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a.hecontextclearlyimpliesthatEmpedocleswascommitted tostartingthegenerationofincreasingLovefromelementsthat wereseparateandmoving.Given thecontext,therewould be nopointin thecriticismifthe elementshadbeenseparateand at rest.Alittleearlier inthesamediscussionAristotlecriticizes thebirthofanimalpartsunderincreasingLoveimmediatelyaftercriticizingthe randomprecosmicmovementofthe Timaeus:
E'
8~
rouoi3TovEr7TawEpOLT
v
rL&, tOTEpovvvarvo
ooX
vOlTV7V7LVOjvaEtL aKtClKalcotlyvvuOattLavlls aiELsAgEVtai,eCrOvoCfAritoratleaKark
S
wouLVnVVthLisECL
xa4cli7a,E'
'
8olov
orrd
at
U'apKas,KauarEpEpkT4TE8oKASbr77fy•tE•aOa
tT
t
7j9S
ObtAo'7-rog-
AE'YEL
ya%w"
"roAAct'
LE'VKOPcYELGvavXEvEsg
fAacrr?7aav".
Aristotle'sremarkfairlyclearlypresupposesthatbeforeEmpedocles'elementsaremadeinto flesh andbonetheyarealready moving.Theirmovementis
dTaKT••9
becauseatthebeginningof Love'sworld movementis stilllargelycontrolledbyStrife.3Againthepointof Aristotle'sremarkwouldinthiscontext belargelylost if themovement ofthe elements atthebeginningofincreasingLovehadbeen initiatedfromatime ofrest.Thesetwopassagesfrom theDecaeloconfirmtheinterpretationof the Degenerationetcorruptione.If the elements undercompleteStrifeweremoving,there is notime whentheycanhave been atrestexceptin theSphere.Simpliciusspeaksoftworestperiodsin eachcycle,restundercompletemovementandrest at thetimeofcompleteseparation.4Simplicius'extensivequotations,sandhisabilitytoillustratetopicssuch asthe role of Love6 or theadmission ofchance7withquotationsofhis ownchoosing,makeitvery likelythathe had accessto thewholeofthephysicalpoem.Butthealternation intime betweenthe oneandthemanydoesnotseriouslyengage Simplicius'attention:forEmpedocles'alternationSimpliciussees asdescribingnmythicaltermsthedifferencebetweentheintelligibleandthe sensibleworld.8Em-pedoclesneverreallyintended thereto be atime whenStrifewouldbeincompletecontroloftheworldand theelementswouldbefully separated.9Consequentlyit is not unnaturalforSimpliciusto let himselfbeguidedonthedetailsofalternaterestandmovementbywhat hesupposesAristotleissaying.Butwehave seenthatAristotlein thePhysicssambiguous.He doesnot makeitclear whetherheisthinkingofonerestperiodin eachcycleor of two.Itiseasyto seewhySimpliciuschoosestheinterpretationthathedoes,thewronginterpretationasithappens.Foron Aristotelianprinciples,betweenopposedmovementsrestmust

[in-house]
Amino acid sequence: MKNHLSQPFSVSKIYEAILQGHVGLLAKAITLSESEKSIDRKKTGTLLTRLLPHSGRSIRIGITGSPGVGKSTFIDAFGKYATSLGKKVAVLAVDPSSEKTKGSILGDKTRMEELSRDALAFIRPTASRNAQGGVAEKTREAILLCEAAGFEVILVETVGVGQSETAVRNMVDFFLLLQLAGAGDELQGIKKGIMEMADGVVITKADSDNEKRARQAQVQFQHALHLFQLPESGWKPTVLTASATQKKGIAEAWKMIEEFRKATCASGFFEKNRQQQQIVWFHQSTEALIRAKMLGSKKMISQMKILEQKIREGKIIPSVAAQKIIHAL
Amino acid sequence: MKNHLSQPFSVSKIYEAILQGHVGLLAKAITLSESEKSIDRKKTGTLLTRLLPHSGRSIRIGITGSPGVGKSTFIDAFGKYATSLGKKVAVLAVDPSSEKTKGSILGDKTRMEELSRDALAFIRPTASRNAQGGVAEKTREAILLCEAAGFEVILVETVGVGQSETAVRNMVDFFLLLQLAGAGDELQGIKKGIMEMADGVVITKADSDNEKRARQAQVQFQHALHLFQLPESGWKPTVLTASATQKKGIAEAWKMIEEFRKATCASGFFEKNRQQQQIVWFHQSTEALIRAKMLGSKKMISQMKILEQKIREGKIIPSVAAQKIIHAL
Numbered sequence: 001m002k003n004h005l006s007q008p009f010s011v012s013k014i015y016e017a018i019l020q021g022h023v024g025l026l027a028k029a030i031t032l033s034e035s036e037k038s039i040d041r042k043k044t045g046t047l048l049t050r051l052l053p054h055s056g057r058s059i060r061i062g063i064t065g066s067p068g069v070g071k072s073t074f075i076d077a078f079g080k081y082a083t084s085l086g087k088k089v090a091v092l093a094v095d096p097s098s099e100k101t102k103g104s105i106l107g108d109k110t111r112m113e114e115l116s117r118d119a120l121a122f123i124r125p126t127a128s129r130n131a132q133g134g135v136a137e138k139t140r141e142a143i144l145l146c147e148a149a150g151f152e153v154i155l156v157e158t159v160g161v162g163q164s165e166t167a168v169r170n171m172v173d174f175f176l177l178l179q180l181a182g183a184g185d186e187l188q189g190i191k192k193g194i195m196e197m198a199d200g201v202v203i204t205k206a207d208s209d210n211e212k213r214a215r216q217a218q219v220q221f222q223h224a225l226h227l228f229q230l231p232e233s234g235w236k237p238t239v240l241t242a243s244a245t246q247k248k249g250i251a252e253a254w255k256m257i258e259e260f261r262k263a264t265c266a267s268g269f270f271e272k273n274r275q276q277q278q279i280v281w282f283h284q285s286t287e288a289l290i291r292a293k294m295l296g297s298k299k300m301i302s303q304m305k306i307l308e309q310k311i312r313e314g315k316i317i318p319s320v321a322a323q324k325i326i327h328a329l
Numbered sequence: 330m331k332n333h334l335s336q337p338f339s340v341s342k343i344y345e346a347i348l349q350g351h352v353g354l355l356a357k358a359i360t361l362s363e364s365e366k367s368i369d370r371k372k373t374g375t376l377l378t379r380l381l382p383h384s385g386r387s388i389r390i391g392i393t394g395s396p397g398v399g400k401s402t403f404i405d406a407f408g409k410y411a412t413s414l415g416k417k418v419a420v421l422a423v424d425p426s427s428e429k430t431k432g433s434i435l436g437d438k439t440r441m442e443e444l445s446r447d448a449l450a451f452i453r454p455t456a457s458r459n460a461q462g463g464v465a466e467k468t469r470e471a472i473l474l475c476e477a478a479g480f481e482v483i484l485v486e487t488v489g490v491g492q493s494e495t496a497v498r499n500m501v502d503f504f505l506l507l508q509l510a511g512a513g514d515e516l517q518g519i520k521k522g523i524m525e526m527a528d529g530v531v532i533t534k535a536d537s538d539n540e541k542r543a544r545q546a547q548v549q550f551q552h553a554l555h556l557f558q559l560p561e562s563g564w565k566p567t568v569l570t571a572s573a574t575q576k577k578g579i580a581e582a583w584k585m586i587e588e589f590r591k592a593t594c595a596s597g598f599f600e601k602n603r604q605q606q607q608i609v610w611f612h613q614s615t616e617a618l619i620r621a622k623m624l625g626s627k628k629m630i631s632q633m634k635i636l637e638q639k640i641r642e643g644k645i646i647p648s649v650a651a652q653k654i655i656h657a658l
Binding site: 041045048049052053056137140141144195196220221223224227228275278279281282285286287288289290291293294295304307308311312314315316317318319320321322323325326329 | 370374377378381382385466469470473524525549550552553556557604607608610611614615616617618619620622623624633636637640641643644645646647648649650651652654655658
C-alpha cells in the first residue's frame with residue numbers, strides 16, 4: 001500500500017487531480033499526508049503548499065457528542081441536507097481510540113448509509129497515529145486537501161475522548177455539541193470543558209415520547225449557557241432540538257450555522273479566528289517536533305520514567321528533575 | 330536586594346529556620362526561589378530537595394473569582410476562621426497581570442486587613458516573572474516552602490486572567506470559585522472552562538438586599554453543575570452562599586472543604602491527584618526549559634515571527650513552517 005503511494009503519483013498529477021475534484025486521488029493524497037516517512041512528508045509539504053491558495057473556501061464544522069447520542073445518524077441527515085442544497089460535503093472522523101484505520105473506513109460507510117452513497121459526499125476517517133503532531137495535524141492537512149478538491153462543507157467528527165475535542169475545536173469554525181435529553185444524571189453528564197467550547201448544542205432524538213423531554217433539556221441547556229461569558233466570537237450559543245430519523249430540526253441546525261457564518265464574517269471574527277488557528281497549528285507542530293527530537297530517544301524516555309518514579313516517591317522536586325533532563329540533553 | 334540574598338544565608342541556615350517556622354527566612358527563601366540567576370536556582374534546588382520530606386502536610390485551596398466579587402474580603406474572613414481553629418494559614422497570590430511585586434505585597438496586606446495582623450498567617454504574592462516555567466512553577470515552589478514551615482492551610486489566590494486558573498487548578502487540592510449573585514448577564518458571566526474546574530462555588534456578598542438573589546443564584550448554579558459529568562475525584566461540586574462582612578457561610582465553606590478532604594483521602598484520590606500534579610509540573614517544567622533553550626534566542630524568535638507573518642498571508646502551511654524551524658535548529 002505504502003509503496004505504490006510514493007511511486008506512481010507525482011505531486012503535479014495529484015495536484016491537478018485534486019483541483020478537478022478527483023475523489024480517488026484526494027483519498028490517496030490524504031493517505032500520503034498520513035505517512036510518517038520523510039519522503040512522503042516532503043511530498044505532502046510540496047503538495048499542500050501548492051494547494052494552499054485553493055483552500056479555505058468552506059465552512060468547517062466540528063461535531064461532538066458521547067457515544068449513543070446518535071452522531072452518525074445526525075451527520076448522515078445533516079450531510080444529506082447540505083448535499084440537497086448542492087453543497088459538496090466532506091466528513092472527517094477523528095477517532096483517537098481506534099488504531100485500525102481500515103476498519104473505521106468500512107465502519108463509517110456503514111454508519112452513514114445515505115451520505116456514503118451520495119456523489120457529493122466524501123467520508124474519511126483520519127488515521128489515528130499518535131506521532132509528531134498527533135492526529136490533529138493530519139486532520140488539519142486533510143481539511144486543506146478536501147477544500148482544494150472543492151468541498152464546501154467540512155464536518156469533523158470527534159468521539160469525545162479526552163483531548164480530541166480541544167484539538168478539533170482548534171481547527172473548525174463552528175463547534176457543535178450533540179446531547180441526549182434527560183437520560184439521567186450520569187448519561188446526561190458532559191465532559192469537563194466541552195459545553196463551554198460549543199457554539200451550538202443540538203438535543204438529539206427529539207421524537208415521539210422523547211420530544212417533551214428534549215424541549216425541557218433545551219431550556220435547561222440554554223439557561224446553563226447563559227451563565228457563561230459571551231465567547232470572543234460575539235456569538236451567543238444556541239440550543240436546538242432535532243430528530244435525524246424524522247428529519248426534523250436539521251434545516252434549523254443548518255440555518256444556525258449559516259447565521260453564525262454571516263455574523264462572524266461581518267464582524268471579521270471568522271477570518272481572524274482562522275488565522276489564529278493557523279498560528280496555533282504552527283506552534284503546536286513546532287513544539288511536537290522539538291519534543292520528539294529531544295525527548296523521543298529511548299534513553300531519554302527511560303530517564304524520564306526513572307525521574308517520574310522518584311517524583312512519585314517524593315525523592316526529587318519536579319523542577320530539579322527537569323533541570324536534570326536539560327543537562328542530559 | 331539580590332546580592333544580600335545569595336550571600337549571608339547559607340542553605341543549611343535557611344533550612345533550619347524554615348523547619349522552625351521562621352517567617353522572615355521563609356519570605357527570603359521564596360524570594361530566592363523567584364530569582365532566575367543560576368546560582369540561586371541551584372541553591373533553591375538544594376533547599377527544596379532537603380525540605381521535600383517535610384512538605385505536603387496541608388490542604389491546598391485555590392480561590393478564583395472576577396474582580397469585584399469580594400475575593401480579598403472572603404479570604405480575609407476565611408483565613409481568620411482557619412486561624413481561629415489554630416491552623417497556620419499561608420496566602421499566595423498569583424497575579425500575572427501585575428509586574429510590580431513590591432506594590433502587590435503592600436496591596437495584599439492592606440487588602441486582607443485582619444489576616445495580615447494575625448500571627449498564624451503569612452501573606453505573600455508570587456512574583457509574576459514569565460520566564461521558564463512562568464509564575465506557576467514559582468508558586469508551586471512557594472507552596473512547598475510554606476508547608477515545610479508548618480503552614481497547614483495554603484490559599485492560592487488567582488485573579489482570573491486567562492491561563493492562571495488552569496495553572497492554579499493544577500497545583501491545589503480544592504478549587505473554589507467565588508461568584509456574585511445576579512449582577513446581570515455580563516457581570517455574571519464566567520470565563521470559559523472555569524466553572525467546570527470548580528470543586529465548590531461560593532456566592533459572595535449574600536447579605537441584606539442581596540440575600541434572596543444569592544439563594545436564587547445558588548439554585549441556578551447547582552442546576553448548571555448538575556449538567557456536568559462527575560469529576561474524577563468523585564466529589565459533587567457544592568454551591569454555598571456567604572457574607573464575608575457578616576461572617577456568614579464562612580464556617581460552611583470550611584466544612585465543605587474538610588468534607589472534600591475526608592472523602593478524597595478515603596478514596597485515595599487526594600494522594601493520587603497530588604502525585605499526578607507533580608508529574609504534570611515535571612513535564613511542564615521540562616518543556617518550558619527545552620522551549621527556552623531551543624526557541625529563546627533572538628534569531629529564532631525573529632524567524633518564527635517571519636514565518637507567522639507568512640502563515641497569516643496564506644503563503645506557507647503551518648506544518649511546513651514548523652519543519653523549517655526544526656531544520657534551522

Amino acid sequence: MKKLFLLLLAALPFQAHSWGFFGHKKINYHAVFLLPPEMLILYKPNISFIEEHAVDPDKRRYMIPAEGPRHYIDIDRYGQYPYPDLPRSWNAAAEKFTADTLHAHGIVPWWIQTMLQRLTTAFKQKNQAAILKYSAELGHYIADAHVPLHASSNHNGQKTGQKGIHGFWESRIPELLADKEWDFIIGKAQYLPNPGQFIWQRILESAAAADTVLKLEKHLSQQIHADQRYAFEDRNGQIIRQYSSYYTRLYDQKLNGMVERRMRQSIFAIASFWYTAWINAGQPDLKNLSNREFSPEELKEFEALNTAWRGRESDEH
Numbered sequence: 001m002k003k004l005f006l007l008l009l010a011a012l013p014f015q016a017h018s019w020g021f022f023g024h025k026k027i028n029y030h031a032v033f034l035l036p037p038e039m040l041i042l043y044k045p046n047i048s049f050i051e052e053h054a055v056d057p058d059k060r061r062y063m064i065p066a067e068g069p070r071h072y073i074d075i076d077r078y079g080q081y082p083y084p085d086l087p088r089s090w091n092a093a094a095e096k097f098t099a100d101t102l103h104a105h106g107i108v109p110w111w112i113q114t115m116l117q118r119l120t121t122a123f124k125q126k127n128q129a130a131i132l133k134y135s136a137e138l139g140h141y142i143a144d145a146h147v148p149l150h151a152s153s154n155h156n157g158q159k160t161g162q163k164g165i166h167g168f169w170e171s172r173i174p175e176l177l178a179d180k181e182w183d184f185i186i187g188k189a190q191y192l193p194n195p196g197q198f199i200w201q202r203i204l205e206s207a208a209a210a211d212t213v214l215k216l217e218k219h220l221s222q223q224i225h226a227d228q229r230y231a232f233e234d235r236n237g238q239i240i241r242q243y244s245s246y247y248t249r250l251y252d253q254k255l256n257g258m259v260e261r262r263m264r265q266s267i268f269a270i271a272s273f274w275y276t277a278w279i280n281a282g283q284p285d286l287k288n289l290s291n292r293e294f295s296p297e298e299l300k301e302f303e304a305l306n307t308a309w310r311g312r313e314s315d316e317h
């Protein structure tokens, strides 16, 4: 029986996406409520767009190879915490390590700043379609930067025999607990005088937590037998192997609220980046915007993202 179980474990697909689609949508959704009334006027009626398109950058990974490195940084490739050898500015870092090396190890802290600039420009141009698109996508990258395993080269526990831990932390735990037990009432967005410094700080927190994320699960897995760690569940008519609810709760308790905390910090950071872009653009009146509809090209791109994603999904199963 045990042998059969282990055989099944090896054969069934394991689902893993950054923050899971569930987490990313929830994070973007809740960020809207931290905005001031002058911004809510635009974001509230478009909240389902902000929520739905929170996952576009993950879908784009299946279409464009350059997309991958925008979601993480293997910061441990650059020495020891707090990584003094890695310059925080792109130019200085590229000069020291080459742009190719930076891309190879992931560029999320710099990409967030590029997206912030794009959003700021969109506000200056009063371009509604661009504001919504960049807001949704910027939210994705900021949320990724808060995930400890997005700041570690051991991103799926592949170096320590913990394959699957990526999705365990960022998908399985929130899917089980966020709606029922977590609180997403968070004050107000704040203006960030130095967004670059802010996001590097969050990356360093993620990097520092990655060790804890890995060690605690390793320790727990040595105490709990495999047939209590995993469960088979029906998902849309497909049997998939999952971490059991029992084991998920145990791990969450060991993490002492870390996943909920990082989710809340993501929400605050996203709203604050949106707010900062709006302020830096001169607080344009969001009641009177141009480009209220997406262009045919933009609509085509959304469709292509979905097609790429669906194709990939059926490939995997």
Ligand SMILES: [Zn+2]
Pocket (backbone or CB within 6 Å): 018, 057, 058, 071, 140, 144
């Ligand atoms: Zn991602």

intervene;o?
andbecomingonefrommanyandmanyfromone areopposedmovementsparexcellence."aterSimpliciusshowsclearly
I
30ai4-i8.300b25-31*
3Cf.Degen.et corr.333bi6-2oandb22-33.
Thepointofthispassageis thatinitiallyAristotleexpectsLovetobethecauseofnaturalmovementandStrifethecauseofunnaturalmovement.Hearguesthatinfact thereverseturns outtobe thecase,forhispurposeis to indicatea lackofcon-sistencyinEmpedocles'system.4 Phys.I125-15-22.
5
Simpliciusquotesovera hundredandfiftyversesorpartversesof thephysicalpoem.Thiswould accountforfromseventoeight percent. of thewholework,if weacceptthefigurein theSuda,s.v.
'E1rrE0o-
KAS9,f
2,000
versesforthephysicalpoem.
6
De
caelo
528.
29-530.I-.
7
Phys. 330. 31-331.I6.8Sample passagesarePhys.31.18-34.17,16o.
22-161.
13,
1123.25--1124.
18,I186.30-35;DecaeloI40.25-141.II,294.10-13,530.12-16,590.19-591.6.9Decaelo530.22-26,cf.Phys.I12I.17-21.
10
Phys.26Ia3I--b26."I
Phys.229a7-b22.